Sidewalk Cops In Windsor Tackle Windsor Snow

Windsors sidewalk cops were unleashed Monday as snow and ice concerns on public rights-of-way vaulted into the top spot among citizens complaints to city hall.

“It’s terrible. I almost fell on Ouellette today, and it was in front of a business in the downtown,” said Crystal Dufour.

Its been 10 days since Windsors last big snowfall  12  centimetres on Feb. 1  but the cold has been unrelenting, so snow and ice remain obstacles along stretches of sidewalk that haven’t seen a plow, snow blower or shovel  even some in the downtown core.

“It’s disgusting – they should be made to clean it,” said Dufour, who was interviewed while walking through the slush outside the Beer Store in the 700 block of Goyeau Street. Across the street, city parking meters remain almost completely buried under more than a metre of snow along a nearly block-long stretch of impassable sidewalk that looks like it hasn’t seen a snow shovel this winter.

“There was this guy downtown in a wheelchair, he kept running into snowdrifts and people kept pulling him out,” said Lyle Papps. The Windsor man was interviewed Monday afternoon while on his way downtown, trudging through sidewalk snow in the 900 block of Ouellette Ave.

If you’re a pedestrian, better bring sturdy boots to negotiate the sidewalk in front of such addresses as Colautti Landry Law Office at 961 Ouellette.

“Our maintenance guy is sick  Im sure hell be clearing it,” said a law student at the firm who refused to give his name. Nobody else was available for comment Monday afternoon.

The threat of slip-and-fall lawsuits is one of the reasons the city has begun clamping down on Windsor businesses and home occupants who ignore, sometimes repeatedly, municipal bylaws requiring snow and ice to be cleared away after a storm. The deadline is four hours for a commercial address and 12 hours for residential, but city officials, at councils request, have shown leniency, backing off on enforcement until municipal public works crews have finished their road clearing efforts.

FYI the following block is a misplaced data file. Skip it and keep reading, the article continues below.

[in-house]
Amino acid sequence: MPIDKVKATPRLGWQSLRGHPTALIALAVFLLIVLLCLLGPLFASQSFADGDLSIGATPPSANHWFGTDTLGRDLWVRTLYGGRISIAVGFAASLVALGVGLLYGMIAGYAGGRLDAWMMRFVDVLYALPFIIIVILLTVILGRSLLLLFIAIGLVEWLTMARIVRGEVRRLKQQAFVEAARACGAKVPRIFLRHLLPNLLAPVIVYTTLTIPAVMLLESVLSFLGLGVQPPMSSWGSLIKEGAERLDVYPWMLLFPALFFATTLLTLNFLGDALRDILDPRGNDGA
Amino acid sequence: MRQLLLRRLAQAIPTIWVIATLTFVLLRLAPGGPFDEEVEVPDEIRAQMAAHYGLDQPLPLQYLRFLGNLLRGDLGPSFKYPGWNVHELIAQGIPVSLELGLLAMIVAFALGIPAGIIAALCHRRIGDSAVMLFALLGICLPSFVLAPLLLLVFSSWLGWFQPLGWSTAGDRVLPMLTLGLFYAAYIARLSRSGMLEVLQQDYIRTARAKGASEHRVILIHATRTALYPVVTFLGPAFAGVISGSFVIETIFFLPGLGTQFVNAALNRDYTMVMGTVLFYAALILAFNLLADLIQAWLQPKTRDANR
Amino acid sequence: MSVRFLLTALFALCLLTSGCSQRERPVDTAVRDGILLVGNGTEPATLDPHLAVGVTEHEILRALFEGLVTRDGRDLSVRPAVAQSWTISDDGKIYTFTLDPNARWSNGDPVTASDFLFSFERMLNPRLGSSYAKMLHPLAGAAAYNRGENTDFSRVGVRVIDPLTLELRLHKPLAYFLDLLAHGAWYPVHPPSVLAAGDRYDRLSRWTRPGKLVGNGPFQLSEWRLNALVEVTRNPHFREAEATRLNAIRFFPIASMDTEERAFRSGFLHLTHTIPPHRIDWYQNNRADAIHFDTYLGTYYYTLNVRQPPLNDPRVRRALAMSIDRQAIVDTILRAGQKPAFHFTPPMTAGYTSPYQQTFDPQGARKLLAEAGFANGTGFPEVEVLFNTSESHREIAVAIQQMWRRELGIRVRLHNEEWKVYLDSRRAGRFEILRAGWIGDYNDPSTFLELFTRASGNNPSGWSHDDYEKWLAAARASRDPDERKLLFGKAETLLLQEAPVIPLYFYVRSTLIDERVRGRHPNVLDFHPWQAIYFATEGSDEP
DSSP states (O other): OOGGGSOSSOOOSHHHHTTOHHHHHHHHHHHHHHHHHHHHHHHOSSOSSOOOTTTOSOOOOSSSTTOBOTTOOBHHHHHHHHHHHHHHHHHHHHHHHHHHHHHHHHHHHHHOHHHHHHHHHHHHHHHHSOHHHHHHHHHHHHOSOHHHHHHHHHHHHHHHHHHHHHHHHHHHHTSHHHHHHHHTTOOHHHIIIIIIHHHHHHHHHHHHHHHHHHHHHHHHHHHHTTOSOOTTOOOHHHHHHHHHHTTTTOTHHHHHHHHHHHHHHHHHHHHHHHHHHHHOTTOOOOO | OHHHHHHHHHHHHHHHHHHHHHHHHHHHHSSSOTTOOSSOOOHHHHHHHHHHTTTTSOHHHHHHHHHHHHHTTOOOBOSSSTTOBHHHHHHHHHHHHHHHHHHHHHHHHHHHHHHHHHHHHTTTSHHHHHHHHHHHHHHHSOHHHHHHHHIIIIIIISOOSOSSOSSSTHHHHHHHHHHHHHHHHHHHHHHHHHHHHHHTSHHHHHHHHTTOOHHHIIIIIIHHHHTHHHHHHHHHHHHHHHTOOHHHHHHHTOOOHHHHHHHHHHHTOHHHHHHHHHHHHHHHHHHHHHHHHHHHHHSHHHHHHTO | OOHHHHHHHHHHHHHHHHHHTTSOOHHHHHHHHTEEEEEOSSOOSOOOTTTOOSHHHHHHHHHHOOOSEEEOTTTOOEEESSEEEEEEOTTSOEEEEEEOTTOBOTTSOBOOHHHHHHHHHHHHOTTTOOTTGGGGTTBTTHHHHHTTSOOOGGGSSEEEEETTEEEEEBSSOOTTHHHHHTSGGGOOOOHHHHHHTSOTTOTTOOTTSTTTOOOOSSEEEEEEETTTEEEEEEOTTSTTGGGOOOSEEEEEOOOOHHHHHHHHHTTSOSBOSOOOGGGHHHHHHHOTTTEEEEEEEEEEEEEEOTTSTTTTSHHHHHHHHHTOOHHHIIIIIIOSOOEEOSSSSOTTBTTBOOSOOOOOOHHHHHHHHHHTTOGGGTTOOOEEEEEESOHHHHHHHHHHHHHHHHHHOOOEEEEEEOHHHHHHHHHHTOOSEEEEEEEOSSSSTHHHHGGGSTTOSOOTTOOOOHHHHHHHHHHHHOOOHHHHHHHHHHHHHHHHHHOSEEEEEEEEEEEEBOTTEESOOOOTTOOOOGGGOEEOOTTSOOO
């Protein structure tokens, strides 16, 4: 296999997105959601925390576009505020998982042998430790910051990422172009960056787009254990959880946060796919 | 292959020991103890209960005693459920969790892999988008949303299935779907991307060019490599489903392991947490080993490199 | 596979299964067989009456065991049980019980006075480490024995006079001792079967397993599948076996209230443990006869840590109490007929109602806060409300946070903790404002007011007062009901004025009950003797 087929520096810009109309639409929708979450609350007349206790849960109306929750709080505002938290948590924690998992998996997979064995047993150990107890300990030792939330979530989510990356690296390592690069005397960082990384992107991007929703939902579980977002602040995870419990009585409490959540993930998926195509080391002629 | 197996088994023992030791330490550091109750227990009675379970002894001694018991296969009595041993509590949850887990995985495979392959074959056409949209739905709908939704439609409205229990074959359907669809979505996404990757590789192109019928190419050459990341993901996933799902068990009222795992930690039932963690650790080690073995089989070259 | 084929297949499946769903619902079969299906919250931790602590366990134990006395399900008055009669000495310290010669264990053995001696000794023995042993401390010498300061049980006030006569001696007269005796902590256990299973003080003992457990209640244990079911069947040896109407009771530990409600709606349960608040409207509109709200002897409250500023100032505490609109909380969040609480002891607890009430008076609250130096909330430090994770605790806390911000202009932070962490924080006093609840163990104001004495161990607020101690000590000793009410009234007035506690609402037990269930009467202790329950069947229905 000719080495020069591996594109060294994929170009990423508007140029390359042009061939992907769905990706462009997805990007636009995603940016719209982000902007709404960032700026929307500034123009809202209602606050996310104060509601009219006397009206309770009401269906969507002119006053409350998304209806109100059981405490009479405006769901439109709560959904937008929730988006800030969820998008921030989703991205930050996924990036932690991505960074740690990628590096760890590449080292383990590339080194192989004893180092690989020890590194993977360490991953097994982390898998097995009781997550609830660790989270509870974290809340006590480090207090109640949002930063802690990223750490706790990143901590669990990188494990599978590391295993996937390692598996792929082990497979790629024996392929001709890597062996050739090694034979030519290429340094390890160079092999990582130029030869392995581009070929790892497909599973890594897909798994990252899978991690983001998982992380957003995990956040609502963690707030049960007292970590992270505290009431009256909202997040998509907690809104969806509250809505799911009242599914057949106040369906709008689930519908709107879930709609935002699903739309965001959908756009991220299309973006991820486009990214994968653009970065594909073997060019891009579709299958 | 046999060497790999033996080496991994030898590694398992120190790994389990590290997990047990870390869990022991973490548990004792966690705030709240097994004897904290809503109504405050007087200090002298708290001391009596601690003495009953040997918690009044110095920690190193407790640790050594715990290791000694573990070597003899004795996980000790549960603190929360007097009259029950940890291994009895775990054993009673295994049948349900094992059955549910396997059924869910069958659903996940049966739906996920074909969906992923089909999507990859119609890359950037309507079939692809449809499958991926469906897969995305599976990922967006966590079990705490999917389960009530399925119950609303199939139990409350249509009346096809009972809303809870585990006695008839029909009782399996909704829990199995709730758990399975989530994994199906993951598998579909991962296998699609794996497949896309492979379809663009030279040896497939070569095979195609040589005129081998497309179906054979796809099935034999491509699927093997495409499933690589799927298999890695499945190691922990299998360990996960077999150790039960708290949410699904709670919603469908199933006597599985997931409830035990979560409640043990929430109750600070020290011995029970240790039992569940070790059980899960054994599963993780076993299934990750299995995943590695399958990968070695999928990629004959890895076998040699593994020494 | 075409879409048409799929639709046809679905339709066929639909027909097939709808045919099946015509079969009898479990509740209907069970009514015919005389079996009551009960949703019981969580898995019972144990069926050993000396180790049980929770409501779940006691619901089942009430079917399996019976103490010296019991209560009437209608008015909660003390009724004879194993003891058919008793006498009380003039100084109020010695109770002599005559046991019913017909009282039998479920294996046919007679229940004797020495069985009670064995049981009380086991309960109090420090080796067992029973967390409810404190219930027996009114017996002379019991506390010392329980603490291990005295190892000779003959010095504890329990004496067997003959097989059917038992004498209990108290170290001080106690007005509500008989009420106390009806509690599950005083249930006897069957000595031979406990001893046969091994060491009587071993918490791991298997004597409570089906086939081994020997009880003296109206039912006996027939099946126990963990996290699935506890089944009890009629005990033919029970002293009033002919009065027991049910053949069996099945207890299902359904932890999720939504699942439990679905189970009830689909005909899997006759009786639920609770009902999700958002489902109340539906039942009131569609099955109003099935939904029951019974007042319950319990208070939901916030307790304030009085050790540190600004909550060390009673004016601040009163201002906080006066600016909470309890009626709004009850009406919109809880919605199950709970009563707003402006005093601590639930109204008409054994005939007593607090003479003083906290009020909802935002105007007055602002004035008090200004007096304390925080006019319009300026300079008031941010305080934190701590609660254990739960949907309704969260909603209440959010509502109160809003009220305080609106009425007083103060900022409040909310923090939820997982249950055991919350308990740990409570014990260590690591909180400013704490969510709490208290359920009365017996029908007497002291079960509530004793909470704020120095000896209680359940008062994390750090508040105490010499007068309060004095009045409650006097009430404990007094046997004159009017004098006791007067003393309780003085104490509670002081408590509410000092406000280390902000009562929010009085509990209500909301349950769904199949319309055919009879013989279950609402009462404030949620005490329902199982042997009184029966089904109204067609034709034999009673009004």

“The reason we’re out there now is, there’s a point where you educate, and then there’s a point where you ticket,” city chief building official Lee Anne Doyle said Monday. She described as puzzling and surprising the high number of Windsorites who seem to just ignore the accumulated snow and ice on their portion of sidewalk.

“Right now, it is the top complaint, definitely,” said Doyle. Last week, city officials were handling about 120 complaint calls a day, with about 1,500 complaints tallied since the start of the winter, she said.

Exact numbers were unavailable Monday, but Doyle estimates that, as of the start of this week, about 10 percent  or 150 home and business property owners had been slapped with $125 fines and/or had their sidewalks cleared by crews contracted by the city, the cost of which (about $200 and up) is attached to the owners property tax bill.

Doyle said about 250 complaints remained open investigations and that enforcement officers would be considering taking repeat offenders to court, where judges have the power to levy fines of up to $5,000. Absentee landlords are among the worst of the repeat offenders, according to city officials.

“Call 311 – we just need to know the address,” Doyle said of the complaints process. She said there are sometimes reasons why a sidewalk isn’t cleared, with the owner either away on travel or too infirm to do it themselves.

“I understand a warning, as a courtesy, for a first time  but about 40 minutes ago I watched a person in a wheelchair going down a lane (on Ouellette),” said Roy Fells. Walking through the thick snows of the 900 block of Ouellette as traffic zipped by along the busy adjacent street, he said some property owners are diligent, but if one address on any given block fails to do its duty, someone in a wheelchair, on a scooter or with a kid ends up with a challenge.

“The city definitely has some liability – slip and fall and trip and fall are very high on the list (of lawsuits) we get,” said city solicitor Shelby Askin Hager. As with most other Ontario municipalities, she said Windsor doesn’t clear sidewalks, the cost of which would be a tremendous burden to city taxpayers.

City Hall’s apparent patience with those who don’t properly follow Windsors sidewalk clearing bylaw is perhaps a little more understandable when considering the type of winter it’s been.

Windsor has broken it’s snowfall record for the period to date, with 168.4 centimetres fallen since November. That’s a third more than an entire average winter’s worth – 129 centimetres through April.

“What stands out for me about Windsor is not only the amount of snow but the frequency of your snow days,” Environment Canada senior climatologist Dave Phillips told The Star Monday.

“On 64 of the previous 71 days – 90 per cent of those days – Windsor was hit by either measurable snow or traces of snow (anything that whitens the ground),” according to Phillips.

“Coupled with the cold, you’ve had no break at all,” he said, adding that January, with 93.6 centimetres of snowfall, was Windsors snowiest of any month, anytime.